Aviation Festival: Emirates President Sir Tim Clark talks data breaches and supersonic aircraft

posted on 7th September 2018 by Justin Burns
Aviation Festival: Emirates President Sir Tim Clark talks data breaches and supersonic aircraft

Emirates President Sir Tim Clark said British Airways was dealt a “dose of bad luck” after it revealed today that it had data stolen from 380,000 accounts which were hacked from 21 August to 5 September.

During an industry game-changer interview this morning at the Aviation Festival in London, Sir Tim warned that as airlines continue down the digital road there was going to be more threats and breaches.

“As we go down this digital transformation that we go down the exposer becomes greater,” he said. “We have to resource that and it is about building IT architecture. At Emirates we have strengthened and added resources to the cyber security units.

“The fact is if you do not spend time and money you are going be hugely exposed. We have have to do better in what we do and we will.”

Sir Tim said if an airline does not deliver more it will run the risk of “oblivion”. However, he said the industry is investing in digital technology and more and more airlines are taking on digital transformation.

The Emirates president also talked of the future of supersonic aircraft but believes “we are still a long way out” from the viability of supersonic commercial airline flights.

“We are not there yet a weight and thrust that can be delivered at viable costs for the larger number of passengers that are required,” he added.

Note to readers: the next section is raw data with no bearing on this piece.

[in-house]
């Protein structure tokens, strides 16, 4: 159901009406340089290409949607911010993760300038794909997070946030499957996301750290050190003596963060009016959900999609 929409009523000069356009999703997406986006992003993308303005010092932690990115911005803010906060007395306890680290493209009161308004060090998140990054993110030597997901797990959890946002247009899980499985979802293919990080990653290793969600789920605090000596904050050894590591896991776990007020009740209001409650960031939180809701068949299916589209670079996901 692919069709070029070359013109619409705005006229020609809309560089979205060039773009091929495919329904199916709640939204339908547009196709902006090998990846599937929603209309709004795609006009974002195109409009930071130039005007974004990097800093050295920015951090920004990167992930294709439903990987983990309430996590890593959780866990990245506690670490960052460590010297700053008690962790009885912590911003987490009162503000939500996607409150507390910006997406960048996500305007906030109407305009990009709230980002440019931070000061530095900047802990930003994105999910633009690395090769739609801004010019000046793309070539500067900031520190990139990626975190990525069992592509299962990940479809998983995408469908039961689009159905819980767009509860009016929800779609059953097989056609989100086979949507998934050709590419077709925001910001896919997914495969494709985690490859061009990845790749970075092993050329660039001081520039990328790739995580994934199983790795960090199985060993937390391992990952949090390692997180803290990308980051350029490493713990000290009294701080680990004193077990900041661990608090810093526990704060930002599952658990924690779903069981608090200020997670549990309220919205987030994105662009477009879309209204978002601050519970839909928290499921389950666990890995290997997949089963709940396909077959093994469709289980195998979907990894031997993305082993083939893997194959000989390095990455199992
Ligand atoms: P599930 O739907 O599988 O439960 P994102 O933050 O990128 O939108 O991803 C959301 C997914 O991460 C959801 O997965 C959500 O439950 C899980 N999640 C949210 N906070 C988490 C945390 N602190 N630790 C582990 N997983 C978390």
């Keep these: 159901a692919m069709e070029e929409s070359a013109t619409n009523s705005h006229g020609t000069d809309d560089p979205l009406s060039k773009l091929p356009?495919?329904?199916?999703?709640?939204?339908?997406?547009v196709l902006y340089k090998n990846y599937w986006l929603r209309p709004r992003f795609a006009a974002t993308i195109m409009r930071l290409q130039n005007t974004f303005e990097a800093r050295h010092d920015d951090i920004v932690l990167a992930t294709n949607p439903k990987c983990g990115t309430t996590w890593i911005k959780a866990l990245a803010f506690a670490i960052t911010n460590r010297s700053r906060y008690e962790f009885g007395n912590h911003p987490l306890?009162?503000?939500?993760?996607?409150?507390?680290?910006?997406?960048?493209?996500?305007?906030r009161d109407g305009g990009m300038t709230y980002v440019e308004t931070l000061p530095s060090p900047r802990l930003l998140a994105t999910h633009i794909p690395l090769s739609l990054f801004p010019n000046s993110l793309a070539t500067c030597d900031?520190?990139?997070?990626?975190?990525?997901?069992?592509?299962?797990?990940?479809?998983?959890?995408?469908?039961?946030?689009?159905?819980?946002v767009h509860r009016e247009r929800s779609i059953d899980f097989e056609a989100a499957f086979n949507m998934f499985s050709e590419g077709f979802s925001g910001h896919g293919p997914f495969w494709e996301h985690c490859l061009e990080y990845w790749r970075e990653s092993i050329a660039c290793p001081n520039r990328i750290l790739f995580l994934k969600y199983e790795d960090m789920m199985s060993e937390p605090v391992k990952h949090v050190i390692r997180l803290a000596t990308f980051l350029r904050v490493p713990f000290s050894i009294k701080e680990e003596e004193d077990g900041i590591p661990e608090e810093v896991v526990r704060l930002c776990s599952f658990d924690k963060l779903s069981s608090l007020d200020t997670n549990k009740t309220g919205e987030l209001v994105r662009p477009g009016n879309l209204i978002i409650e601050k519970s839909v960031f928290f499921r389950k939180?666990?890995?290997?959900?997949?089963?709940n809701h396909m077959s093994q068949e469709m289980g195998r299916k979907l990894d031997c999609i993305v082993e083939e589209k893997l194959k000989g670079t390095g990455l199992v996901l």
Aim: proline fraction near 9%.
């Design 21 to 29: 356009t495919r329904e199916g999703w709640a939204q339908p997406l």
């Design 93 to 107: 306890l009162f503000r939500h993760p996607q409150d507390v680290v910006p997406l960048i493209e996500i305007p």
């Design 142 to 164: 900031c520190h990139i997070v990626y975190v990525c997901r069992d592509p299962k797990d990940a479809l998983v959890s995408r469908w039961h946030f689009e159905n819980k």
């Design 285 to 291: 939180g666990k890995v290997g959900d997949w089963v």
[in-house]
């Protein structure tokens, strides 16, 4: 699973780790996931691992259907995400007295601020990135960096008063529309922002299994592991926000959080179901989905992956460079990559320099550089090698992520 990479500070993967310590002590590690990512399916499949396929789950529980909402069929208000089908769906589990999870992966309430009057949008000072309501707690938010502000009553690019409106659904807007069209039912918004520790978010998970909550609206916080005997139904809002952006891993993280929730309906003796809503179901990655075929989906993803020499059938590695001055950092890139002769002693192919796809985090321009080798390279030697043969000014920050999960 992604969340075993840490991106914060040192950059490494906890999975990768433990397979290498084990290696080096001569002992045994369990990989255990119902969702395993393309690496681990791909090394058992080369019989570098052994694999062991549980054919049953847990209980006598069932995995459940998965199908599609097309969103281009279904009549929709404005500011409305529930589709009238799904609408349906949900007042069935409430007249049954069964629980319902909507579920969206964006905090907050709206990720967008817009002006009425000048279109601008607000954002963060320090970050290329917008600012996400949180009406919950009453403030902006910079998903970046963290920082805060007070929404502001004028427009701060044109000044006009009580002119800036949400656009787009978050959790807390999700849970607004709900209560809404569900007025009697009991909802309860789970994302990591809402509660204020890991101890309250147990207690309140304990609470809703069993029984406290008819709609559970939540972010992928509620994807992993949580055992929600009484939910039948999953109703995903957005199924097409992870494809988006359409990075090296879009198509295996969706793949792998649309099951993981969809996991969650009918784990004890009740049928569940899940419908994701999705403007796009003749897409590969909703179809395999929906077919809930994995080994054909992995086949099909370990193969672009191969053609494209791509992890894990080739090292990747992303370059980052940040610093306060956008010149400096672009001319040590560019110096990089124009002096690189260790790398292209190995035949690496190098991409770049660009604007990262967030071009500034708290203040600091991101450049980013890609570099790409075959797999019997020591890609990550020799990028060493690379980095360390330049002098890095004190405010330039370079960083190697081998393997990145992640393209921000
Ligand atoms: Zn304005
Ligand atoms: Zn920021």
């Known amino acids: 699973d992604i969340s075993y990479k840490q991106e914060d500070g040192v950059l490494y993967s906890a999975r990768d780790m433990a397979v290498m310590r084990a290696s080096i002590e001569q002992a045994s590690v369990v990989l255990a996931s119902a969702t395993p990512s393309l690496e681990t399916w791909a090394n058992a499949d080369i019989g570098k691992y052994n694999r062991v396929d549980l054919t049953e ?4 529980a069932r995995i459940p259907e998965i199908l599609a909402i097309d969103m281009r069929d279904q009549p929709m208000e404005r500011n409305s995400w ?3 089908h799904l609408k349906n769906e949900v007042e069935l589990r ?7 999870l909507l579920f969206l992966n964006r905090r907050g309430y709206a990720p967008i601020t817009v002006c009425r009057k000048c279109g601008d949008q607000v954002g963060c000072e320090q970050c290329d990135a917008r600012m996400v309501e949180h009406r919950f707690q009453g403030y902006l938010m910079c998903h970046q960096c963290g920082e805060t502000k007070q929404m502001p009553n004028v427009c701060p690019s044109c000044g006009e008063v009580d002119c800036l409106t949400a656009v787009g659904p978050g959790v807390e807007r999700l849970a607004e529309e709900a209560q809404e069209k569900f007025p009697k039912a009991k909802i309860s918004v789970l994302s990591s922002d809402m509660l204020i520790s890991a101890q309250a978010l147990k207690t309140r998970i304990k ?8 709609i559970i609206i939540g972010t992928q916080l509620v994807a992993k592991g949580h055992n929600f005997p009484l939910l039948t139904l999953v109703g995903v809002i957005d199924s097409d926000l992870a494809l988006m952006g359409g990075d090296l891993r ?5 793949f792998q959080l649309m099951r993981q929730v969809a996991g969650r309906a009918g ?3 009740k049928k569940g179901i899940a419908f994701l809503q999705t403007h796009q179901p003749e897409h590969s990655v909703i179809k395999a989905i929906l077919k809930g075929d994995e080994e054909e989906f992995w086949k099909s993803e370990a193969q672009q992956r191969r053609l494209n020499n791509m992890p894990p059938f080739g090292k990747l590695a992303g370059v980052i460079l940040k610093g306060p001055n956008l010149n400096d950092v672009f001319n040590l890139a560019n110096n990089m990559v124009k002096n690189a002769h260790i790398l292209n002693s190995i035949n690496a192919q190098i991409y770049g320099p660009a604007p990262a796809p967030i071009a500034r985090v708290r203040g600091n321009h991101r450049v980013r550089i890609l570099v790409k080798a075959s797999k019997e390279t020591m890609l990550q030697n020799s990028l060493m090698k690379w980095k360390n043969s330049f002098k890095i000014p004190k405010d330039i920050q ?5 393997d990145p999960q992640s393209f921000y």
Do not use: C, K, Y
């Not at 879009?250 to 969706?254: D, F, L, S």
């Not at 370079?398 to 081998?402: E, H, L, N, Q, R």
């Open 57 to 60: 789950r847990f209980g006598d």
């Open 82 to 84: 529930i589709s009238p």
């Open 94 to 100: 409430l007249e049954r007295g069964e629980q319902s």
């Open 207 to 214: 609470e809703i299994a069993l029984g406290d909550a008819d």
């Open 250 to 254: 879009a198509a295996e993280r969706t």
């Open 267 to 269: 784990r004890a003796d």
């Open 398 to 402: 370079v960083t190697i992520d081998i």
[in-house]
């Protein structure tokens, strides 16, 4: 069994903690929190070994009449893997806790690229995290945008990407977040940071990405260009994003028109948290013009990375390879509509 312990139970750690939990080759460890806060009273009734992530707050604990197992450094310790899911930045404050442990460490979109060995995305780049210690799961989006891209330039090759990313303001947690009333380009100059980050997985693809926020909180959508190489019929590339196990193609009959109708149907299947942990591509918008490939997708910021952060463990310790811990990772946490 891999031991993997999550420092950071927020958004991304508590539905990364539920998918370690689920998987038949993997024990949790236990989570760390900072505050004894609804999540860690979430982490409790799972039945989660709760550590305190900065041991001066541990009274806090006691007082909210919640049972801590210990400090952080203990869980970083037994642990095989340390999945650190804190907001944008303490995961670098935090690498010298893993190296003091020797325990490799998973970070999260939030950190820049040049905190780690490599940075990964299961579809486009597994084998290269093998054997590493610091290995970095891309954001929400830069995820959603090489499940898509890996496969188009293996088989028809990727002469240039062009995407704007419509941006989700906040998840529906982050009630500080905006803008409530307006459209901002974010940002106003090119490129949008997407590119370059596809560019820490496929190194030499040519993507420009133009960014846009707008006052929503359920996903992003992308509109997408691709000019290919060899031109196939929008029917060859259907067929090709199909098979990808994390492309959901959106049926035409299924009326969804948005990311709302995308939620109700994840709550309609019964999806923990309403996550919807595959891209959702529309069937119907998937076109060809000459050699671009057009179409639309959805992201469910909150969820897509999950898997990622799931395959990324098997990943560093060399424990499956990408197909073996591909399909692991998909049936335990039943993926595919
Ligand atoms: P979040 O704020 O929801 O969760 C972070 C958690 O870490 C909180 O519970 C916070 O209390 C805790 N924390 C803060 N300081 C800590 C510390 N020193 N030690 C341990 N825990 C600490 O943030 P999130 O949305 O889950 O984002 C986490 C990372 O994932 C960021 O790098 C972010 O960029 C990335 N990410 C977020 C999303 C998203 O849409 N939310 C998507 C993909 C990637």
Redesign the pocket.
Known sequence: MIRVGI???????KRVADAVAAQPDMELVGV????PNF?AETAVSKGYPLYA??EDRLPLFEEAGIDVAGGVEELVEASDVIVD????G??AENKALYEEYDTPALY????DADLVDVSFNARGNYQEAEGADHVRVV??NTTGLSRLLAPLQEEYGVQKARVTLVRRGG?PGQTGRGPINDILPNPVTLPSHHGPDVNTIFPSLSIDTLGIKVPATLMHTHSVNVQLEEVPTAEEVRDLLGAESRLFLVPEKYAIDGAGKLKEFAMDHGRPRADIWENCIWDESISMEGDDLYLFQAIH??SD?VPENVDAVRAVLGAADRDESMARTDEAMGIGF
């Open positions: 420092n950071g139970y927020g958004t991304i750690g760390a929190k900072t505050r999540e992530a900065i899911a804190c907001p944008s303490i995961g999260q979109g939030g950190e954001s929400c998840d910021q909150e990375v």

Sir Tim also spoke about the need for aircraft to be developed to particularly suit low-cost operations. “Sometimes (airlines are) dictated to by manufacturers of aircraft capability rather than going away and building what airlines want,” he said.

He also talked of his own airline’s digital development. “50 per cent of our processes are redundant. External and internal development are necessary. Some of the big tech companies are interested in what we do and you engage with them on partnerships. And there are start-up, the intellectual powers.”

Sir Tim also talked of some of the limitation of the passenger service system. “We must as a community be able to communicate with our passengers on a direct basis. We must construct the systems of our company with the proper data analytics to understand what actually drives demand,” he said.

The Aviation Festival finishes today at the Business Design Centre in Islington, London.